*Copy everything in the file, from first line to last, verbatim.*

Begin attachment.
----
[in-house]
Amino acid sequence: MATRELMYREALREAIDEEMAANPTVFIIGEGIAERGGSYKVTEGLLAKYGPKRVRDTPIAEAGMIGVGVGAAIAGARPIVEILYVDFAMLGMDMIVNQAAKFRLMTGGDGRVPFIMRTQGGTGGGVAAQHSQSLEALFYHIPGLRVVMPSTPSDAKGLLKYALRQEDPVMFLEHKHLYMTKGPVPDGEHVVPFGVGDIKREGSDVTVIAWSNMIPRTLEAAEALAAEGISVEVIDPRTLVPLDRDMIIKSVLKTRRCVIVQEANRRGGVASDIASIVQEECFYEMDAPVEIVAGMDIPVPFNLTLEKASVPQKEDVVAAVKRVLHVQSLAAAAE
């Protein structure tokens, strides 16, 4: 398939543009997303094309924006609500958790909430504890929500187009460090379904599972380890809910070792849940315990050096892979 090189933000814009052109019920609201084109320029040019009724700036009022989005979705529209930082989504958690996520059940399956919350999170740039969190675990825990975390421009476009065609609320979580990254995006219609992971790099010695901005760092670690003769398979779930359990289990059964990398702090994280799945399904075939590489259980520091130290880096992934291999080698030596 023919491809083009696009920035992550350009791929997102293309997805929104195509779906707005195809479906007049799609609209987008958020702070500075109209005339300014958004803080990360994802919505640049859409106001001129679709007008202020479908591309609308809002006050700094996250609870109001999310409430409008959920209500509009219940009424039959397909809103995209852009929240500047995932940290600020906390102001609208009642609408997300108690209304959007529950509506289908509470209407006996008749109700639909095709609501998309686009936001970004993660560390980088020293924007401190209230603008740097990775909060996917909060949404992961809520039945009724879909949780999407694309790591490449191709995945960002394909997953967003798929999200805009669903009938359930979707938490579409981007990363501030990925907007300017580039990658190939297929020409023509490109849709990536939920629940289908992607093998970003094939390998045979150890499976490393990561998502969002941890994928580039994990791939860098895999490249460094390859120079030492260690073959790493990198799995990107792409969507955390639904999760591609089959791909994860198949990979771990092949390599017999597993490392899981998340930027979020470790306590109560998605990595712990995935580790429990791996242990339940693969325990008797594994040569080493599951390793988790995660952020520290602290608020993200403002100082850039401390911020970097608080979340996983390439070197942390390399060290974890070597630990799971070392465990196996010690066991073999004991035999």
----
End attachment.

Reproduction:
[in-house]
Amino acid sequence: MATRELMYREALREAIDEEMAANPTVFIIGEGIAERGGSYKVTEGLLAKYGPKRVRDTPIAEAGMIGVGVGAAIAGARPIVEILYVDFAMLGMDMIVNQAAKFRLMTGGDGRVPFIMRTQGGTGGGVAAQHSQSLEALFYHIPGLRVVMPSTPSDAKGLLKYALRQEDPVMFLEHKHLYMTKGPVPDGEHVVPFGVGDIKREGSDVTVIAWSNMIPRTLEAAEALAAEGISVEVIDPRTLVPLDRDMIIKSVLKTRRCVIVQEANRRGGVASDIASIVQEECFYEMDAPVEIVAGMDIPVPFNLTLEKASVPQKEDVVAAVKRVLHVQSLAAAAE
């Protein structure tokens, strides 16, 4: 398939543009997303094309924006609500958790909430504890929500187009460090379904599972380890809910070792849940315990050096892979 090189933000814009052109019920609201084109320029040019009724700036009022989005979705529209930082989504958690996520059940399956919350999170740039969190675990825990975390421009476009065609609320979580990254995006219609992971790099010695901005760092670690003769398979779930359990289990059964990398702090994280799945399904075939590489259980520091130290880096992934291999080698030596 023919491809083009696009920035992550350009791929997102293309997805929104195509779906707005195809479906007049799609609209987008958020702070500075109209005339300014958004803080990360994802919505640049859409106001001129679709007008202020479908591309609308809002006050700094996250609870109001999310409430409008959920209500509009219940009424039959397909809103995209852009929240500047995932940290600020906390102001609208009642609408997300108690209304959007529950509506289908509470209407006996008749109700639909095709609501998309686009936001970004993660560390980088020293924007401190209230603008740097990775909060996917909060949404992961809520039945009724879909949780999407694309790591490449191709995945960002394909997953967003798929999200805009669903009938359930979707938490579409981007990363501030990925907007300017580039990658190939297929020409023509490109849709990536939920629940289908992607093998970003094939390998045979150890499976490393990561998502969002941890994928580039994990791939860098895999490249460094390859120079030492260690073959790493990198799995990107792409969507955390639904999760591609089959791909994860198949990979771990092949390599017999597993490392899981998340930027979020470790306590109560998605990595712990995935580790429990791996242990339940693969325990008797594994040569080493599951390793988790995660952020520290602290608020993200403002100082850039401390911020970097608080979340996983390439070197942390390399060290974890070597630990799971070392465990196996010690066991073999004991035999």